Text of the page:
A few weeks ago, songs from the Walkmen’s Heaven started leaking. “Southern Heart,” the gentle centerpiece on their seventh album, was leaked via a poorly-recorded boot from a Dutch radio show. These low-bitrate leaks are the norm for bigger bands these days, and usually they’re just a diversionary nuisance, but something about this crappy version grabbed me. Despite the whooshing background noise, “Southern Heart” still maintained its romanticism. Or maybe it was because of all that noise: the Walkmen, divorced from time and place, sounding like they’re being cued up by Wolfman Jack on an interstellar border blaster.
This kind of bigger-than-life feeling is what the Walkmen have been wrestling with for over a decade. Even with their ups and downs, they’ve managed to bottle that spine-tingling sensation and uncork it with nearly every album. Heaven is no exception. The Walkmen’s long-term solidness is decidedly un-rock and roll, but as we’ve seen with Spoon, consistency can be cool, too.
The group has grown up, sounding less like the emotional hurricanes that recorded “The Rat” and more like elder statesmen, but their newfound calm isn’t that surprising. Their refined style hasn’t changed much from the early days, though it’s streaked with grey here and there. “I was the Duke of Earl, the Duke of Earl, but it couldn’t last / I was the Pony Express, but I ran out of gas,” Hamilton Leithauser croons on album opener “We Can’t Be Beat.” Acoustic guitar and harmonies—including those of Fleet Fox Robin Pecknold—back him up most of the way, and the directness of the track—and the album—is striking. If Lisbon was the sound of the Walkmen in the grips of a European romance—all fizzy guitars and sparkling reverb—Heaven, oddly enough, puts their feet back on firmer ground. It’s sumptuously recorded, and the intimacy of the room becomes an instrument itself. Indeed, the Walkmen have used the studio unlike any of their peers over the past decade.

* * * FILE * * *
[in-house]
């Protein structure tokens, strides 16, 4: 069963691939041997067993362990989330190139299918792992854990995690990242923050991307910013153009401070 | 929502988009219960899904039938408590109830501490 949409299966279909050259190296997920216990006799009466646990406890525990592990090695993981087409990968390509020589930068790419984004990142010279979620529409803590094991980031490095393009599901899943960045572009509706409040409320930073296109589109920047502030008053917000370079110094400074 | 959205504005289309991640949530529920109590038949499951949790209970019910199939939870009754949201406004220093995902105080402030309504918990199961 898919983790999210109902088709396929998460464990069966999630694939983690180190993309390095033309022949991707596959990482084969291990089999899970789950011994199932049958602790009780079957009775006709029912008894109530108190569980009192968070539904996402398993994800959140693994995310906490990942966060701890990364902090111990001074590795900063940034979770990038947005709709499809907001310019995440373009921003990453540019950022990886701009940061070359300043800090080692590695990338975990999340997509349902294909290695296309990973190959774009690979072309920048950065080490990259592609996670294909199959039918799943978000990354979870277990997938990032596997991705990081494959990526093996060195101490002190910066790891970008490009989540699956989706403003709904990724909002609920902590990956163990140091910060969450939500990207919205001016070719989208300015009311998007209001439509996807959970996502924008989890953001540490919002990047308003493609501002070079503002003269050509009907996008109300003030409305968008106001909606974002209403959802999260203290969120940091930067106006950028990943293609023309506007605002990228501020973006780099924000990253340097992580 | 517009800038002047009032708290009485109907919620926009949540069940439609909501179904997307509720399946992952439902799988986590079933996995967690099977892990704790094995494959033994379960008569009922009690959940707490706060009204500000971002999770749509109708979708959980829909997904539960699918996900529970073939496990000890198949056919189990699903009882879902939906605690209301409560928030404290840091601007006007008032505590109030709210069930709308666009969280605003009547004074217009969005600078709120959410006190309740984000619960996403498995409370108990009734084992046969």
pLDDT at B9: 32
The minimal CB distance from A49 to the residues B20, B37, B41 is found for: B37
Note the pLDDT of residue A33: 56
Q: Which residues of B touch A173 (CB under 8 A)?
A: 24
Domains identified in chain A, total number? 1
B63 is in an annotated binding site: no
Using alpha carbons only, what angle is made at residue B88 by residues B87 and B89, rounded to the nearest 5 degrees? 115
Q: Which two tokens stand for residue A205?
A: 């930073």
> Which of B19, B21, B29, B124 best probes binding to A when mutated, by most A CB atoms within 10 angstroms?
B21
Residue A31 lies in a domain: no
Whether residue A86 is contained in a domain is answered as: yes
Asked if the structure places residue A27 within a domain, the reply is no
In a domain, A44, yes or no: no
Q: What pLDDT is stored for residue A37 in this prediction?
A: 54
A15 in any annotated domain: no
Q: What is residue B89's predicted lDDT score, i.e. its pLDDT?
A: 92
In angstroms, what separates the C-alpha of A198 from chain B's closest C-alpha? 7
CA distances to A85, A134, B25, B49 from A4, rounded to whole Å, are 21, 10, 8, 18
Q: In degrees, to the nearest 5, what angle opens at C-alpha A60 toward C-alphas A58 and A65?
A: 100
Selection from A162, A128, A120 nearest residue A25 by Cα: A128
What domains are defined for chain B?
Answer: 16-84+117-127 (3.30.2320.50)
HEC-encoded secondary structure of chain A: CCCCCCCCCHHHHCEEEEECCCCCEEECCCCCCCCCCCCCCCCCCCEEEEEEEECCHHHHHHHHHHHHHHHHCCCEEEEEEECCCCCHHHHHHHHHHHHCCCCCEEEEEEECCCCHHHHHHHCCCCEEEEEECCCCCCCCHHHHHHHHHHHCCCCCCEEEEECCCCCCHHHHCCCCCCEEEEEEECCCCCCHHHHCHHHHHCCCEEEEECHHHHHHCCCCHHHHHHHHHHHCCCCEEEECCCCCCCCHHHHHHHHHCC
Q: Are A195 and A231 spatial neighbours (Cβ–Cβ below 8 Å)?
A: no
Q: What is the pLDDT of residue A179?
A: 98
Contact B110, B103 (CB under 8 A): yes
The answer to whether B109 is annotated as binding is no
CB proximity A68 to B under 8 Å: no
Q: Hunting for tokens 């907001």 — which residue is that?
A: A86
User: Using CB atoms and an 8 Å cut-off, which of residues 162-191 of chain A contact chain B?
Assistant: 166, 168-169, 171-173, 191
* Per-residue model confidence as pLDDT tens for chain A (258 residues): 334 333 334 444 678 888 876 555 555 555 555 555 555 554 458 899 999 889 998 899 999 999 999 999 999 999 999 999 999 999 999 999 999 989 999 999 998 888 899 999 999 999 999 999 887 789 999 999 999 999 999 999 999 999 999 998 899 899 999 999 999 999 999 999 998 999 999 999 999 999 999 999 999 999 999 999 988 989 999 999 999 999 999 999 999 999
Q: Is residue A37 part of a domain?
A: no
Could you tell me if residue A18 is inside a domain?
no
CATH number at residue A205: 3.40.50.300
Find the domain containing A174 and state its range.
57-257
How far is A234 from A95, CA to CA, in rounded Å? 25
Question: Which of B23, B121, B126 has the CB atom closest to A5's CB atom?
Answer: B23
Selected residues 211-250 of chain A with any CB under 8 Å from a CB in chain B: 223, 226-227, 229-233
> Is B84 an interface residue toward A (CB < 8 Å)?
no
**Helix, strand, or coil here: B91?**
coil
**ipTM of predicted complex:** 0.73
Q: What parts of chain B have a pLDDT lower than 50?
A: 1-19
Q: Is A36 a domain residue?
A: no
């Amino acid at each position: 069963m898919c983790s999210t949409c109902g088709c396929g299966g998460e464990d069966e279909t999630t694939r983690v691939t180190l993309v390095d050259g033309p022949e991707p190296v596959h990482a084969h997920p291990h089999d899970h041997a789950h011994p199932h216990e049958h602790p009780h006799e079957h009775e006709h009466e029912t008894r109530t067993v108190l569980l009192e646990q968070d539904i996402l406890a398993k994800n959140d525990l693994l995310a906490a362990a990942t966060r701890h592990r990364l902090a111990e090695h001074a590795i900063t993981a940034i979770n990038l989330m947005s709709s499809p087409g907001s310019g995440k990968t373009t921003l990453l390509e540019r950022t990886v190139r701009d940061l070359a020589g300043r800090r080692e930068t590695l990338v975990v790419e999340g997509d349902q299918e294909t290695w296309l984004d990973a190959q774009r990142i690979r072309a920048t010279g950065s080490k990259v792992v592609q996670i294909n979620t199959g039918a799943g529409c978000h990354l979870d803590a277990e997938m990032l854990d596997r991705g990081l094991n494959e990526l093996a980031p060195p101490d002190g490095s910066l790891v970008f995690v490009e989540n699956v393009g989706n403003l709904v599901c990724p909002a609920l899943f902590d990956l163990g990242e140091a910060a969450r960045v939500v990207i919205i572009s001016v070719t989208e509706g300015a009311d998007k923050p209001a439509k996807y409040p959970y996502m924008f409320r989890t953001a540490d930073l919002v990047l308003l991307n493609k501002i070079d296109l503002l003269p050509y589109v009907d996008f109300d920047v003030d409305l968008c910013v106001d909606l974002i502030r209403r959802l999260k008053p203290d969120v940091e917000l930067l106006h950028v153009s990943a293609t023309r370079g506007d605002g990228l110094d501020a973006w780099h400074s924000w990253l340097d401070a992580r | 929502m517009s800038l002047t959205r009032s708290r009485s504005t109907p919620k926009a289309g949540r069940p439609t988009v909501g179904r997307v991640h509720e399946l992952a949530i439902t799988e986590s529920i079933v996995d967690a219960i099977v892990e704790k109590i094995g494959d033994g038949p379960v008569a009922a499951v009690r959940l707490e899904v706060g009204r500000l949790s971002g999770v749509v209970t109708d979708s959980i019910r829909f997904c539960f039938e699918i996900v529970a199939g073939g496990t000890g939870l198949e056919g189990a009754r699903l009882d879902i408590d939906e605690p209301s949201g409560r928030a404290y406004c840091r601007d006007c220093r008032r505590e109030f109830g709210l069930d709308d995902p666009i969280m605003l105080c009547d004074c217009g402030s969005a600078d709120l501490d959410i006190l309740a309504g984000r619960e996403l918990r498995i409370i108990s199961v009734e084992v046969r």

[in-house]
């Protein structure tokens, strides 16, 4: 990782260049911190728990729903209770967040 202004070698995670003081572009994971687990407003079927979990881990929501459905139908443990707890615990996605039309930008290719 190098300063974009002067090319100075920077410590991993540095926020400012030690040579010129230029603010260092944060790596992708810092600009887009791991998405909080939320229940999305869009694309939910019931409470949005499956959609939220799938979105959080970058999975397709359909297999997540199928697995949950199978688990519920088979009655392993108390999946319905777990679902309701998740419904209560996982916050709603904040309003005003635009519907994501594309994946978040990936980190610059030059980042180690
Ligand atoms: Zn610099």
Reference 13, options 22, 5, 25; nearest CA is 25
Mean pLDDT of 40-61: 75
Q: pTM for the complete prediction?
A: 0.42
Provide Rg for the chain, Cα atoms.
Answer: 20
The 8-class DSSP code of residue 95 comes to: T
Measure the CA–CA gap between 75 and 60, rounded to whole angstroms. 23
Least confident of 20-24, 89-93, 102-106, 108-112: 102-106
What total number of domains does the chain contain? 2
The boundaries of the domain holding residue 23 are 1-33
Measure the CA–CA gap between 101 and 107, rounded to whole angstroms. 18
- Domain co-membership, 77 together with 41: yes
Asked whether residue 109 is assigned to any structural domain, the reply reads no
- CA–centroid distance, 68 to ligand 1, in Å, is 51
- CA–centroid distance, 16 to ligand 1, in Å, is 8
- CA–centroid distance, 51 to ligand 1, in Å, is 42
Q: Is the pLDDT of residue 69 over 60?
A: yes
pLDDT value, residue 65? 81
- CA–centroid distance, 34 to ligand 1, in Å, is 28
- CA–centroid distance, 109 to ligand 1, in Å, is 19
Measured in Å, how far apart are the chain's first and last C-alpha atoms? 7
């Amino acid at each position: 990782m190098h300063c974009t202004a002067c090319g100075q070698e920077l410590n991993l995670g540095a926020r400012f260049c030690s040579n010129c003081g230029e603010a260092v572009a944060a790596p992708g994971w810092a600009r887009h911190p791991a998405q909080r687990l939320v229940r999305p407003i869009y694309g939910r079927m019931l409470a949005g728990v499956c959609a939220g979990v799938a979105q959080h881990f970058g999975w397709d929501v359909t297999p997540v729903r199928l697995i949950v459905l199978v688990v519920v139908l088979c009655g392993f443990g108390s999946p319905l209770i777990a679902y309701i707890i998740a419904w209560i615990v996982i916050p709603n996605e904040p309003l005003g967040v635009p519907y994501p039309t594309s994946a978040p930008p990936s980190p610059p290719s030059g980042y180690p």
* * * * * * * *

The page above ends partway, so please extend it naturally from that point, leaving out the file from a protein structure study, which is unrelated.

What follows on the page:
They’ve become the embodiment of “stately indie-rock” largely through their unfussy arrangements. The strings that show up at the end of “Line By Line” nudge that song into “Greatest Hits” territory—seriously, how impeachable will that collection be someday? “Southern Heart” is another immediate inclusion, not just for the brilliantly-simple melody but also Leithauser’s lyrics. His description of a bourbon-blooded Southern family is as impressionistic as Paul Maroon’s guitar, which can either color the edges with subtle flourishes or create a wall of excitement and tension, as he does on the punch-drunk “Nightingales.” While drummer Matt Barrick doesn’t get to truly explode like he’s done on past releases, he still has a great intuition for what a song rhythmically needs. His zydeco-like shuffle on “The Witch” perfectly fuels the song’s organ-driven humidity, and it becomes an easy standout on an album full of them.
The individual compositions on Heaven all sound similar to one another, but they feel like different members of a big family or recurring characters in a small village. Well-worn, well-defined, Heaven is the work of band with nothing left to prove. Leave it to the Walkmen to turn even that sentiment into something so effortlessly cool.